In such a process the work of art is produced in the chaotic network of relation, existing in circulation of a plurality of contacts. This marks a shift towards a durational concept of the aesthetic, a movement from a specular encounter to a collaborative process of negotiating shared space. This art process is like a gesture, not in order to build, but to enacted dialogically a temporary common time.

5) The world is important, but local is more: do you agree with this statment?

Paolo Freire, the Brazilian writer and educator used to talk about reading the word and reading the world. Reading the text/reading the context. By analogy a consciousness of the local arises co-dependently with a consciousness of the world. Our experience of the world is always already specific, in other words, the world is a multiplicity of specificities not a generality in relation to a particular. This is important in Glissant’s idea of a Poetics of Relation.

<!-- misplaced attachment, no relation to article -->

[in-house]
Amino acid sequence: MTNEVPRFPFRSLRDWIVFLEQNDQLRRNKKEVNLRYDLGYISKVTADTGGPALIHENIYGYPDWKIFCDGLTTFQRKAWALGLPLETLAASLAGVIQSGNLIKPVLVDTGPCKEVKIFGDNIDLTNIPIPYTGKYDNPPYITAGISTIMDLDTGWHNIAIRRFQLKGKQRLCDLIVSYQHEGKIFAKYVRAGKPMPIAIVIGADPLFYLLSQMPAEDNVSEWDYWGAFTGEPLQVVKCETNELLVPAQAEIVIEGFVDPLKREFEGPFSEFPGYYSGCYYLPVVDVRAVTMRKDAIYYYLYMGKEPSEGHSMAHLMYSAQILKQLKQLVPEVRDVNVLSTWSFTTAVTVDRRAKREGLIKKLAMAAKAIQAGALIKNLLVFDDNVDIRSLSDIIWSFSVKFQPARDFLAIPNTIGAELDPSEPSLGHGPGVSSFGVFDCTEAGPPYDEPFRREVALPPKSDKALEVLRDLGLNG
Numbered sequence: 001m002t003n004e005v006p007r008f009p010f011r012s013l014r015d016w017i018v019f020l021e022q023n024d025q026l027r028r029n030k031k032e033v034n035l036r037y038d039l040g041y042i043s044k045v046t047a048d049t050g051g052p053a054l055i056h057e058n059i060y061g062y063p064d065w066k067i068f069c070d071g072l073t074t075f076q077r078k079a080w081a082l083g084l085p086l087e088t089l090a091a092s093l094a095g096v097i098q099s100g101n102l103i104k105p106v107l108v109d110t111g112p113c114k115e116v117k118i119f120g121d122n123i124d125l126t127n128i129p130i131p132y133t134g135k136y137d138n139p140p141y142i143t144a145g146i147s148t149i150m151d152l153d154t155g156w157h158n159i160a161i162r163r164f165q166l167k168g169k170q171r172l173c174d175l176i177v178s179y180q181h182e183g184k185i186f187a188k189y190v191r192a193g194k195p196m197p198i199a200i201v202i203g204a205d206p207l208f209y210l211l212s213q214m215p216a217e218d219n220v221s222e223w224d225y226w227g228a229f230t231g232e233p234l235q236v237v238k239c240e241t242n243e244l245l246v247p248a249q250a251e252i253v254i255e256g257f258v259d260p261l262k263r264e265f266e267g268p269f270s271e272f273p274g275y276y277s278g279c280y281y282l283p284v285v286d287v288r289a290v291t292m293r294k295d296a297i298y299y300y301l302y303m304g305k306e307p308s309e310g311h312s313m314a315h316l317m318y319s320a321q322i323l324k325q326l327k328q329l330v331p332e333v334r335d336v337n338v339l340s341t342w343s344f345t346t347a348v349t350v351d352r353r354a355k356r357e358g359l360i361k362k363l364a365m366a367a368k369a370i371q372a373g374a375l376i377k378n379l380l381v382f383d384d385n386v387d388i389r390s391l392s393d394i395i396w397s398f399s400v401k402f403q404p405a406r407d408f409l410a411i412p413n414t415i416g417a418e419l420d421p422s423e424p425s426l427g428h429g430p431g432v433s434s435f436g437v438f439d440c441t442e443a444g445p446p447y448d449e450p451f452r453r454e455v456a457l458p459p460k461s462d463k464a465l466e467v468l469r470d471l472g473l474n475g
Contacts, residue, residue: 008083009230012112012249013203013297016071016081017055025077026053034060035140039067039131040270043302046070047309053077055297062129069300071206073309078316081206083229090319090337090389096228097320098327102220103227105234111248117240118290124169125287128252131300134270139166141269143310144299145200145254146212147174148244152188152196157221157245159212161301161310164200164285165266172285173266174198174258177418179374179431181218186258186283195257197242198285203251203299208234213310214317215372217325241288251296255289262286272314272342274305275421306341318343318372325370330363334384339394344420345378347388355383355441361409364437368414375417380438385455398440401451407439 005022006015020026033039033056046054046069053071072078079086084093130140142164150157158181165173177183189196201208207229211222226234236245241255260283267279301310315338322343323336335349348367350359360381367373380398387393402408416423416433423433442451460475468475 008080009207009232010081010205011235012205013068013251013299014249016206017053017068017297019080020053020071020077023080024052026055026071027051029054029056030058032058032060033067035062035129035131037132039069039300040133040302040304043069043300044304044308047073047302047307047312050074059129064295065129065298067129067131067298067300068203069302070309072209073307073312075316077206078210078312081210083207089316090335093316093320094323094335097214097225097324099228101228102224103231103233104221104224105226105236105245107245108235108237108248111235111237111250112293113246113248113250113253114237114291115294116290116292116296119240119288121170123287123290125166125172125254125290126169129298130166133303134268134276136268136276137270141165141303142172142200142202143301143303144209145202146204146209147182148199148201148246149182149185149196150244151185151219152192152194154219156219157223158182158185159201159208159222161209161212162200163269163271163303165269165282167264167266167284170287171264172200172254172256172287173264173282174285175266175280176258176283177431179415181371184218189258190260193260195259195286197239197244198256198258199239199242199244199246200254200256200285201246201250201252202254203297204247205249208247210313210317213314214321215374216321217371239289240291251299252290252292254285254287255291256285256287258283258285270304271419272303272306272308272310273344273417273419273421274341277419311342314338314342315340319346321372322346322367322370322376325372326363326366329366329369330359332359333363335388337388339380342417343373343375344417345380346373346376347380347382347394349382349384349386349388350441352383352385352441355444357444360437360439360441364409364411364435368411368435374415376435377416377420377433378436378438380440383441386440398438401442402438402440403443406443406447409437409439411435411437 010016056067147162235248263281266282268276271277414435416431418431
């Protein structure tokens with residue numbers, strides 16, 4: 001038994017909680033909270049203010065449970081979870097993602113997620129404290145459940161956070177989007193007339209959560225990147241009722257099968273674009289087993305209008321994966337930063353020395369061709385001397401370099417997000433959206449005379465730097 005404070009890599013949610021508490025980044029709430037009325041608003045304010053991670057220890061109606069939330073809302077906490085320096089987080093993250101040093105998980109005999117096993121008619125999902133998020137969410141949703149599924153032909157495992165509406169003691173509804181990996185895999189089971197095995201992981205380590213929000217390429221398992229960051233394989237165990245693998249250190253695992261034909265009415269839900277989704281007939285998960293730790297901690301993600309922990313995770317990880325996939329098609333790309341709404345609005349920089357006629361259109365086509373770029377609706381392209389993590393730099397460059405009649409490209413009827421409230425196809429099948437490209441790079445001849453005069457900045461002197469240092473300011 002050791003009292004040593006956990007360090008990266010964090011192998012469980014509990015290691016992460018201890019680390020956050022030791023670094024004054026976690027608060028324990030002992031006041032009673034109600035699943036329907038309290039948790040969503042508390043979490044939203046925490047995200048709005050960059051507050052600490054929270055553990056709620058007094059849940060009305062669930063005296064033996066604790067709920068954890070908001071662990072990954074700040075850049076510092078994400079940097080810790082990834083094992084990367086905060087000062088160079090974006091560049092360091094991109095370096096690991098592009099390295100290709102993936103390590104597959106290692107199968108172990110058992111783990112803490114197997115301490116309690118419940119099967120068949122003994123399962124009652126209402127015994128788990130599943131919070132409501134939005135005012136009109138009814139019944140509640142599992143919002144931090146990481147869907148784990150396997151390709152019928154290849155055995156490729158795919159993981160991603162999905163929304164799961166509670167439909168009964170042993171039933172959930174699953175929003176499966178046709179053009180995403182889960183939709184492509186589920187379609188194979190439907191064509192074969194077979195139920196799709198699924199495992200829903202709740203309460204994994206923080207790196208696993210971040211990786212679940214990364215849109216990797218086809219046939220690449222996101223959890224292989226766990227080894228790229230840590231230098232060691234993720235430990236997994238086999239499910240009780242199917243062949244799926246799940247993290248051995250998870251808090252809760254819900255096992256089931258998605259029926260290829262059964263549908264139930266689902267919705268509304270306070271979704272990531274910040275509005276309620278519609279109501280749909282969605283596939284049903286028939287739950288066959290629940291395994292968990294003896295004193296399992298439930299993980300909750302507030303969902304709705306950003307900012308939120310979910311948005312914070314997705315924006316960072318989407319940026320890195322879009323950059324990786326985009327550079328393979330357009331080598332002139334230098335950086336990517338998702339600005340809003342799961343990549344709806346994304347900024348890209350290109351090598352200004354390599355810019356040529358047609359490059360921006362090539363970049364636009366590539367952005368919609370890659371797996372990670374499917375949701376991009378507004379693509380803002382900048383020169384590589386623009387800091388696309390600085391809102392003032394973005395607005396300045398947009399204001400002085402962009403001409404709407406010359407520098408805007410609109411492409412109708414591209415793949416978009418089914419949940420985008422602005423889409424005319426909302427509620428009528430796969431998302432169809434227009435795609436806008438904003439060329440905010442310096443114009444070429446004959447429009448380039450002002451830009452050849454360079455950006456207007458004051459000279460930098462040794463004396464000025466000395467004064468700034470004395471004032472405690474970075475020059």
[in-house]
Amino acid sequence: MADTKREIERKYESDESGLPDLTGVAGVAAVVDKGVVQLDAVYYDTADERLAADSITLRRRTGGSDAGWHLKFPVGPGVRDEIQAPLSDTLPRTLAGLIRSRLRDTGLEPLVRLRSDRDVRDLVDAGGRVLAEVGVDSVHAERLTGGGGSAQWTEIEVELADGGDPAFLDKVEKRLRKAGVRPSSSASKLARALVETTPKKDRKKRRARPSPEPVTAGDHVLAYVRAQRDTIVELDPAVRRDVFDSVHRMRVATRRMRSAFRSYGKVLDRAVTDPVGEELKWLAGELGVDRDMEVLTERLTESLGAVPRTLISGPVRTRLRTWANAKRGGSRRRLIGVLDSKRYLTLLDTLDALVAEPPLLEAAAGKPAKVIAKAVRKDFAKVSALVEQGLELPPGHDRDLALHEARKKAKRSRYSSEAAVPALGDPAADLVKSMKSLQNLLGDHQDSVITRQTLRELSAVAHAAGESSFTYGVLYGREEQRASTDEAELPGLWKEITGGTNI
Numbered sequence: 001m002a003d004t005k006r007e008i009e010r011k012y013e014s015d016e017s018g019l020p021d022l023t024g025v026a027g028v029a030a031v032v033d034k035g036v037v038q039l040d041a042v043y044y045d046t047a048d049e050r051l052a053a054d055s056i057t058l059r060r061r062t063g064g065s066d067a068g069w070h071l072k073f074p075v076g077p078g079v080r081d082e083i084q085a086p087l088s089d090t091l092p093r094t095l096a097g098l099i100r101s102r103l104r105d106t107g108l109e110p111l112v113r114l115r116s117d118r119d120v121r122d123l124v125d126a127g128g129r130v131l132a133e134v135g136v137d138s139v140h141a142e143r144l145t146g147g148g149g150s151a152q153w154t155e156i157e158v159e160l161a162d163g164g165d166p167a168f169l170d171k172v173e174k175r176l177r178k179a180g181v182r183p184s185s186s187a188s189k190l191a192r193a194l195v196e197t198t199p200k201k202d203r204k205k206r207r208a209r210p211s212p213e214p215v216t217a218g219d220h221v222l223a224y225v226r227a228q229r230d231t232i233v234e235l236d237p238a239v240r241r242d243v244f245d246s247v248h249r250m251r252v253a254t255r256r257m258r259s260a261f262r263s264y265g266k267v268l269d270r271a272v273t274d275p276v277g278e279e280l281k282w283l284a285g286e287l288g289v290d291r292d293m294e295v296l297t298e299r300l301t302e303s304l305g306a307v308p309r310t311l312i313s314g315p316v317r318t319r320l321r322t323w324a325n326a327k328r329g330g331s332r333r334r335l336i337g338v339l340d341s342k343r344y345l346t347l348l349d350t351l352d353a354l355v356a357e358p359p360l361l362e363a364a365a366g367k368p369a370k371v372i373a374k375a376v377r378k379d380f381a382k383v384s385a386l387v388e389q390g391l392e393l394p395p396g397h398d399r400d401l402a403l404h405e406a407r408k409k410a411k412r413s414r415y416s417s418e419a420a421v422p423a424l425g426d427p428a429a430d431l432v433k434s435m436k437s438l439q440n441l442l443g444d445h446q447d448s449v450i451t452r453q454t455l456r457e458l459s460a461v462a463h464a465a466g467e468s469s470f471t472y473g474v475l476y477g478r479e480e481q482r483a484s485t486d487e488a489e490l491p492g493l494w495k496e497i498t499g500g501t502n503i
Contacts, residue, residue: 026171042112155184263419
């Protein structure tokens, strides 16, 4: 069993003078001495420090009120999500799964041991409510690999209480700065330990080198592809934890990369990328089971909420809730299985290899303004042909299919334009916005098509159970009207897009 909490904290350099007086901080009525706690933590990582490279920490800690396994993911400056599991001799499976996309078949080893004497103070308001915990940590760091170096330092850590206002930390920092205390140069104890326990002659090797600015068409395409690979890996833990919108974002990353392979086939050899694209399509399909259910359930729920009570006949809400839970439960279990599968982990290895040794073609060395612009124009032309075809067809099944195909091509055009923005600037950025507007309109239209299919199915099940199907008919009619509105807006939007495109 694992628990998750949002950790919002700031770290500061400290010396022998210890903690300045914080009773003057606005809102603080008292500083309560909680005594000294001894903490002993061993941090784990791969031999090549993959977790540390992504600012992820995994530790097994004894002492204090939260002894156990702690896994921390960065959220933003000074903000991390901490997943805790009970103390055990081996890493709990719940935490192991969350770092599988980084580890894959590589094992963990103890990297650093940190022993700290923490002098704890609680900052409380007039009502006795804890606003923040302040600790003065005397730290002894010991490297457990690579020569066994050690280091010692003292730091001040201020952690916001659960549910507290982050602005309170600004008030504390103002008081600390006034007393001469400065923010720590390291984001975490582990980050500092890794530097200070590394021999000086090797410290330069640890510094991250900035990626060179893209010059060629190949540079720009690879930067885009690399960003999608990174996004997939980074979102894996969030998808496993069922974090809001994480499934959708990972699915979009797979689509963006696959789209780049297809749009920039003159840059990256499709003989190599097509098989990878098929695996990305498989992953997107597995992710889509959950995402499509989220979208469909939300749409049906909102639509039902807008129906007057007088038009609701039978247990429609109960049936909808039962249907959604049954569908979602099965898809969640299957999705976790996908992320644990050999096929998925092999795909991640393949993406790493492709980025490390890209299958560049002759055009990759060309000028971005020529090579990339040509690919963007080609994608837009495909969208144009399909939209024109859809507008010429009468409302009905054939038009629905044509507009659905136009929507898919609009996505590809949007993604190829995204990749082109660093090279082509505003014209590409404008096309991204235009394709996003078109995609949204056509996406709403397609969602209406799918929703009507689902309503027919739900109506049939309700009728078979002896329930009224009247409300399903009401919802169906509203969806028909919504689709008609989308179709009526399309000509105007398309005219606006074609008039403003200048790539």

Relation extracts the local from the fixity of soil, brings in time and renders it open to the experience of the Other. Cedric Price rethought the city as ‘concentrate’ open to residents and visitors alike to co-produce a sense of place. Derrida’s law of unconditional hospitality invites us to say Yes to whoever or whatever turns up before any identification. No longer a world to discover but a word to know. A totality but not totalitarian. In terms of identity, roots and routes. Not so much where does it begin and end but how does the local emerge through relation?

1. Walter Benjamin, ‘The Author as Producer’ in: Reflections, trans. Edmund Jephcott. New York: Shocken Books, 1986 p. 233.
2. Id p.232.
3. Charles Esche introduced this paradox to indicate the necessity for art to be both engaged with its social and political environment in the tradition of the avant-garde and autonomous in order not to be fully co-opted by social and political agenda’s.
4. http://pia.omweb.org/modules/news/ (3/10/05)

Paul Domela, direttore Biennale di Liverpool, curatore del progetto Shrinking Cities e degli incontri Coffee Break, sull’Europa in movimento.